“We have the best behind the scenes crew anywhere,” Knox said.”The people behind the scenes that don’t get any of the attention, any of the love or any of the shine, I know for me personally, if not for them, I wouldn’t be anywhere close to the position I am right now. That goes from up top to Don and Scott to the technical producers, the editors, the anchors, I just think it’s important to mention that those people are the best in the business. I hope they get the respect they deserve.”

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5 Sports TV Minds Explain Why We Love The Manningcast

“Yes, it’s an in-motion experiment but it’s working because the production team at ESPN is being allowed to create a live studio show, something ESPN does very very well.”

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Here at Barrett Sports Media, we clearly have Manningcast fever. And look, we aren’t the only news outlet covering the media industry that has mined Peyton and Eli Manning for all the content we can. We have looked at the show from a broadcaster’s perspective. We have looked at it from a fan’s perspective. We have gawked at the ratings growth. We have asked how fair this whole endeavor is to Steve Levy, Brian Griese, and Louis Riddick.

One thing we have not done yet is ask accomplished television professionals for their thoughts. Why has this broadcast, which can be hard to follow at times, captured the imagination of football fans? How has it gone from something we were unsure about to truly must-see TV for the sports audience?

Peyton Manning takes hilarious shot at New England Patriots during 'Monday  Night Football'
Courtesy: ESPN

I asked five TV pro’s what it is that they see when they watch Peyton, Eli and their cavalcade of guests. Is the Manningcast connecting with hardcore football fans that crave the Xs and Os or is it connecting with more casual fans that enjoy the comedy of Peyton wearing a helmet three sizes too small and Eli shooting the camera the double bird? This is wildly different from a traditional TV booth.

Allan Flowers is a coordinating producer for NFL Network. He’s spent three decades in the industry, and works for a network that lives and breathes football 24/7. Perhaps even more importantly, Allan has the benefit of working on one of the most well received shows in recent memory, one that football fans can’t get enough of, NFL Redzone.

I wanted to pick his brain on traditional TV booths. When the Manningcast first premiered, so many people wanted to tie it to a traditional broadcast and figure out what it means for the future. It raised questions about ESPN’s longterm plans for Peyton Manning, Monday Night Football, and the pros and cons connected to offering two versions of the same game on different channels.

“I can definitely see Peyton in a traditional booth. He is the one constantly talking football on the ‘Manningcast’. Eli mixes football with jabs at his older brother,” Flowers told me when I asked if what he has seen through the first three weeks makes him think that the brothers could be a future fit in a more traditional broadcast booth. “I think the traditional broadcast needs to change anyway. It’s the same formulaic booth that we have seen for decades. That’s why there is an appetite for something like this. As opportunities continue to open for more diverse people (e.g. younger analysts, female analysts, female and black play by play announcers), I think you will see tone of the traditional broadcast booth change regardless. ABC tried comedian Dennis Miller in the booth decades ago. I would not be surprised to see something like that happen again in the future, only if that person is relatable and appears to know football. As for what Eli & Peyton are doing, I think it’s great. They have a connection which is paramount to a great booth. There is a rawness to it that appears fresh (for now). I think their broadcast is still evolving. I’ve noticed some small changes each week. The guests have been great. Nothing but A list people. Why they are taking a break until Week 7 seems odd, but it’s an interesting watch.”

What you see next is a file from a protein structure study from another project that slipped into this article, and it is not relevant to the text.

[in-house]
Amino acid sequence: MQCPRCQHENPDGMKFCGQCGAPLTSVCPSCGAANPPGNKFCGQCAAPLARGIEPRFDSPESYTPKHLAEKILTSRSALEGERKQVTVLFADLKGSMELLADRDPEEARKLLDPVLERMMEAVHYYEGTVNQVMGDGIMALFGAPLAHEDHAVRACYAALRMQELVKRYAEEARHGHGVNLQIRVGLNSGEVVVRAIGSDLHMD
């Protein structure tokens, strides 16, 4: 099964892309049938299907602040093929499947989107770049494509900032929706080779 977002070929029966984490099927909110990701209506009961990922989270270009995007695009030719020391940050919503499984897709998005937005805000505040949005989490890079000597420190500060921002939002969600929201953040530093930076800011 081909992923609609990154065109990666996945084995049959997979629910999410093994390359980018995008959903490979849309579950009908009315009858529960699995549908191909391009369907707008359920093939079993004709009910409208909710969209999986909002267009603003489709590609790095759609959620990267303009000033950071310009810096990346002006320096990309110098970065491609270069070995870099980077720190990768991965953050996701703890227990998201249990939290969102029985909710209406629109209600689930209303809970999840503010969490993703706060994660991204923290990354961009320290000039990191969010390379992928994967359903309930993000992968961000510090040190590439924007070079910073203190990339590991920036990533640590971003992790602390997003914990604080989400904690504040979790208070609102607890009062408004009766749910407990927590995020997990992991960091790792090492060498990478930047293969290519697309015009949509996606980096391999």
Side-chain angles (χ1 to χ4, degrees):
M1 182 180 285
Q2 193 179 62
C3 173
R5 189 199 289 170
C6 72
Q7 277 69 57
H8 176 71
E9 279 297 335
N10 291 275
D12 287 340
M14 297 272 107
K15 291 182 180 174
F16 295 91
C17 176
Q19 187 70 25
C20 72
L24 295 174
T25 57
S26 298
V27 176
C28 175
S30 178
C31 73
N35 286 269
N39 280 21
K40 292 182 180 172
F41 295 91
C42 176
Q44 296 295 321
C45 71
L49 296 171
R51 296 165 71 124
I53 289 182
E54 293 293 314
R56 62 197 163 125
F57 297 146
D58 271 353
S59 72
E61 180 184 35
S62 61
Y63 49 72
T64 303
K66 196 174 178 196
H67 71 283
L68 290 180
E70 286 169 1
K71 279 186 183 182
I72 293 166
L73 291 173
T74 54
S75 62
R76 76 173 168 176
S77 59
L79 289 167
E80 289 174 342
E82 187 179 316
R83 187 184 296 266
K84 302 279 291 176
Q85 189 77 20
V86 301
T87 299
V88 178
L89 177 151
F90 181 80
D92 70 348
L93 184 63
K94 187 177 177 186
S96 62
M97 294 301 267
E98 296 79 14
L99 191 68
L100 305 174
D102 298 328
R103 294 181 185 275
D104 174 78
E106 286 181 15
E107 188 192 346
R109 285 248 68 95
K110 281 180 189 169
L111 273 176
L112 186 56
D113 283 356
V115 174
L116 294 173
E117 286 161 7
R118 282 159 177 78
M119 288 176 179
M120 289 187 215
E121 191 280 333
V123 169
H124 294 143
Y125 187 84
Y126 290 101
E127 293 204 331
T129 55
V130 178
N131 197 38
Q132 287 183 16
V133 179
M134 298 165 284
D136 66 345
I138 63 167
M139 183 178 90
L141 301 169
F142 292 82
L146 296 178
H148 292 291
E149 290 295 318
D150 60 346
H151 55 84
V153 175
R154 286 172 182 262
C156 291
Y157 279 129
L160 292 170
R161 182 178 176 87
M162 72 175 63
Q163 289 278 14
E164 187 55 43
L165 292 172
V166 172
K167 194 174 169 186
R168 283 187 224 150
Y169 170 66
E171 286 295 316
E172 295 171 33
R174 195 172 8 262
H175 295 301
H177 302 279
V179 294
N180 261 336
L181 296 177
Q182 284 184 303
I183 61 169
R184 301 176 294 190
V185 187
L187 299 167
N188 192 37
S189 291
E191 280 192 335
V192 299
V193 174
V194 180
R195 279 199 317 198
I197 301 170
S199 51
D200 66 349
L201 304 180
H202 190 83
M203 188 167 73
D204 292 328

I spoke with a TV executive with experience at multiple networks that wished to remain anonymous. He told me that the Manningcast is the “perfect combination of personality and authority.”

He also said that there is no sense in thinking about Peyton and Eli’s futures as broadcasters. The deal between ESPN and Peyton Manning’s Omaha Productions, which produces the broadcast, isn’t about securing Peyton Manning to be the future analyst on the traditional Monday Night Football broadcast.

Disney isn’t looking at Peyton Manning as part of ESPN. They are looking at him as Mickey Mouse or Iron Man or Baby Yoda. He is another of Disney’s mega-brands that is talked about on investor calls and upfront presentations. To that end, ESPN President Jimmy Pitaro is smart enough to stay out of the way. He invested in Omaha Productions and is going to let the content it provides grow the way Peyton Manning wants it to.

Patrick Crakes is a former Vice President at FOX Sports and InVivo Media Group. He now runs Crakes Media Consulting. He isn’t sure that ESPN is entirely hands off. Peyton and Eli Manning are important enough that the network wants to keep them happy, but they are also smart enough to know the goal is to put on the best show possible.